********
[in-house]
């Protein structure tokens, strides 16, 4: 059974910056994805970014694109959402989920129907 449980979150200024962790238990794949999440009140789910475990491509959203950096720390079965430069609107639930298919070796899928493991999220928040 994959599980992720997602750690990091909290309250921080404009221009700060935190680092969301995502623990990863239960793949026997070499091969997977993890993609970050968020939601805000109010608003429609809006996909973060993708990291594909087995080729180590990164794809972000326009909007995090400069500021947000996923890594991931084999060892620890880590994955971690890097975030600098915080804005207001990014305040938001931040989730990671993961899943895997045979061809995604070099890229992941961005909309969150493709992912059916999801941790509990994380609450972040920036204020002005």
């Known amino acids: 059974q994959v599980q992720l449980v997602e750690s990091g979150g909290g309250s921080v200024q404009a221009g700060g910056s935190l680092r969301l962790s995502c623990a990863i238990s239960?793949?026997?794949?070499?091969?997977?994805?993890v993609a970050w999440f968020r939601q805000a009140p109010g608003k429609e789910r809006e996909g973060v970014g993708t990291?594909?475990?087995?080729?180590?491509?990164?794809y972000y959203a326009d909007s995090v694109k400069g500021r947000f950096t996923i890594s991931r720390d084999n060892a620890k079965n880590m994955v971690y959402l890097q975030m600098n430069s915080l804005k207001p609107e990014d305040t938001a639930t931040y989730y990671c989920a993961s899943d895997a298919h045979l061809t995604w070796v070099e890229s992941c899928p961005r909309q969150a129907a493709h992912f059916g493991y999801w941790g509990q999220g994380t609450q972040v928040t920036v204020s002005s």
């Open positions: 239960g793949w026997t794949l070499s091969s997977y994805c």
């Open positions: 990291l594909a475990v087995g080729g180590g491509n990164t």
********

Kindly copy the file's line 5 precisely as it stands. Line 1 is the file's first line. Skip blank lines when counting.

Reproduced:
């Open positions: 990291l594909a475990v087995g080729g180590g491509n990164t």